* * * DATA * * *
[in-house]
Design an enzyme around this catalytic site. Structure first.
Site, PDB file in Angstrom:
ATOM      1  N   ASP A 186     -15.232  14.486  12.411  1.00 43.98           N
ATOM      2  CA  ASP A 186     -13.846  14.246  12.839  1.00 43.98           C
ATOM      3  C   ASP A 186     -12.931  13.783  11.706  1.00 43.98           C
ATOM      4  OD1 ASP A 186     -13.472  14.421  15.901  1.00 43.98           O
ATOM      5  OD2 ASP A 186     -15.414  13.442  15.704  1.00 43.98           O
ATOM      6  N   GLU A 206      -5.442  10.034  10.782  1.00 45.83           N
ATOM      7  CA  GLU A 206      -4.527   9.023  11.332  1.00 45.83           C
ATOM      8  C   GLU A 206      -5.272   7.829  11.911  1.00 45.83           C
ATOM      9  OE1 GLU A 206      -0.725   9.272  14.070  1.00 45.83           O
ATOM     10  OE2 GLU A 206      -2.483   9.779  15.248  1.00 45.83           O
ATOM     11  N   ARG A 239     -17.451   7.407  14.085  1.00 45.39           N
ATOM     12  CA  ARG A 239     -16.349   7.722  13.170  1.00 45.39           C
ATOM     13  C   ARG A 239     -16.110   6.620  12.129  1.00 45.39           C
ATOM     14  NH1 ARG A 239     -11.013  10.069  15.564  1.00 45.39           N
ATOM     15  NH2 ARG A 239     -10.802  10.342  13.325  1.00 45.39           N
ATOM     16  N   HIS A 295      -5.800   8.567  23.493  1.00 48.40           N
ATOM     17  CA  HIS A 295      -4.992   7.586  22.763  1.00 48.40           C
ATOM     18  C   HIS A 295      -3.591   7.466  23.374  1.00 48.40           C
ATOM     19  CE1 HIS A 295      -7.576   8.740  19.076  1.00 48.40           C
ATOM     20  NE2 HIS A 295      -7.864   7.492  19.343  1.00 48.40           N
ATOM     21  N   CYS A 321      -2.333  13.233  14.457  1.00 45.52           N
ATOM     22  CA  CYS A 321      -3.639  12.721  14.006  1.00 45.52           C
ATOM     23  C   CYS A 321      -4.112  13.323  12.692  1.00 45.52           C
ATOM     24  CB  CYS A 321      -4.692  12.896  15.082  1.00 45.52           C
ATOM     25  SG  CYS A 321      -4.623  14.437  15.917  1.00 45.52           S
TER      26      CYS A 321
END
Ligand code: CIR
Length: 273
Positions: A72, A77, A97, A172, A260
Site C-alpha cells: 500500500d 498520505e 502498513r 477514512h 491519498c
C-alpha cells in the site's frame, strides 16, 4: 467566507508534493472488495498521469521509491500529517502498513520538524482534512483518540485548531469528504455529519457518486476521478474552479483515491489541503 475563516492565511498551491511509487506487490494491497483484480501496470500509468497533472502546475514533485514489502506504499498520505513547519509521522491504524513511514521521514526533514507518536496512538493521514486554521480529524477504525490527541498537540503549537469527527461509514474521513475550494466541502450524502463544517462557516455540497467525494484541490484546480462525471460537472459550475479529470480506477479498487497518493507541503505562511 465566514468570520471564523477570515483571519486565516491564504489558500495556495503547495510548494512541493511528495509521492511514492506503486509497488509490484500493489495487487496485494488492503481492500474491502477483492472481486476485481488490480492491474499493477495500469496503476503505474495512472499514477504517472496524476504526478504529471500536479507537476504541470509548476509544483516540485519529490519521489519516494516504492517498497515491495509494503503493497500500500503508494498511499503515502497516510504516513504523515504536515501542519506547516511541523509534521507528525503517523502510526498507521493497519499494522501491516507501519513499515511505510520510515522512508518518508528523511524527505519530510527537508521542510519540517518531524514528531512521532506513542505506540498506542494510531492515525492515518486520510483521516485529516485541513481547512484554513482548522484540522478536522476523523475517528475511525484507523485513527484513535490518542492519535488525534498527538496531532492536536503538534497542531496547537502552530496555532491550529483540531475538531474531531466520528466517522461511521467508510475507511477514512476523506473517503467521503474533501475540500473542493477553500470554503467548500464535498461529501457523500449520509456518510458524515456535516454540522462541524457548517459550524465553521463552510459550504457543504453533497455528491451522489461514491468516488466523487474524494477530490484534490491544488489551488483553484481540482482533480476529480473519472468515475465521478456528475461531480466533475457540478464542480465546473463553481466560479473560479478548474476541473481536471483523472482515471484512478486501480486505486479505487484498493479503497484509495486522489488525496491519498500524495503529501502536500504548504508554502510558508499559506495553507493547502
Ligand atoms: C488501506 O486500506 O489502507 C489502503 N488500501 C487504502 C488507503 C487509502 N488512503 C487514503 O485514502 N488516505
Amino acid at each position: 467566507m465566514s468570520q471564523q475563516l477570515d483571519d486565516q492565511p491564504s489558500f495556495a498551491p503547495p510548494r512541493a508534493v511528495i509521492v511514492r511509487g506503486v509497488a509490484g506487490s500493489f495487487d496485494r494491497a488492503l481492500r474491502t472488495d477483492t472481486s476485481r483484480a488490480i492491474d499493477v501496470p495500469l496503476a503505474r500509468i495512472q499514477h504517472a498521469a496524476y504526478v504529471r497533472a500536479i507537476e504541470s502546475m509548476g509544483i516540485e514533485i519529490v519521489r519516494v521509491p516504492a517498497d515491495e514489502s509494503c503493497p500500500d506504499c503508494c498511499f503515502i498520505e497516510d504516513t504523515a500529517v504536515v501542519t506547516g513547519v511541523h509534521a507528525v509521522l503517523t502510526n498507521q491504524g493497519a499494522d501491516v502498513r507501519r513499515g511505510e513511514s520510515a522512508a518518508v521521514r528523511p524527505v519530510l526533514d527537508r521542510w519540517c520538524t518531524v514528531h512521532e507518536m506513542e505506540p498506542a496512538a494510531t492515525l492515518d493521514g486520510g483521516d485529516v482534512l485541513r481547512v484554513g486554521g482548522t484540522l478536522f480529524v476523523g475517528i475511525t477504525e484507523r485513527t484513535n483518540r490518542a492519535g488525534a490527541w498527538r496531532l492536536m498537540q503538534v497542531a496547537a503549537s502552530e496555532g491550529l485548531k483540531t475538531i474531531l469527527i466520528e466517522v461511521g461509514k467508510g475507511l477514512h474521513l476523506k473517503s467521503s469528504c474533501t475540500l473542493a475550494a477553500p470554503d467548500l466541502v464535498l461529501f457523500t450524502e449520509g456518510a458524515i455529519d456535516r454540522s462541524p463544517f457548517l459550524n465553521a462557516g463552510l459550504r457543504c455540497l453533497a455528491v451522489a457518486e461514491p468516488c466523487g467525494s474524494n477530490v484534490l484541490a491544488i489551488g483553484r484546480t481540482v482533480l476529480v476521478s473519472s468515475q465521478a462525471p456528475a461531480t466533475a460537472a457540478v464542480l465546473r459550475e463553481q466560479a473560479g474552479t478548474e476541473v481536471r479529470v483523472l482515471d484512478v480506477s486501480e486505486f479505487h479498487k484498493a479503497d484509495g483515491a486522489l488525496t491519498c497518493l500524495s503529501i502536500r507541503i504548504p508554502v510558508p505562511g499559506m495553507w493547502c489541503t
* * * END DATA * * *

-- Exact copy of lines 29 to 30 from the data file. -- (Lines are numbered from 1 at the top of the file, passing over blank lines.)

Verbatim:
TER      26      CYS A 321
END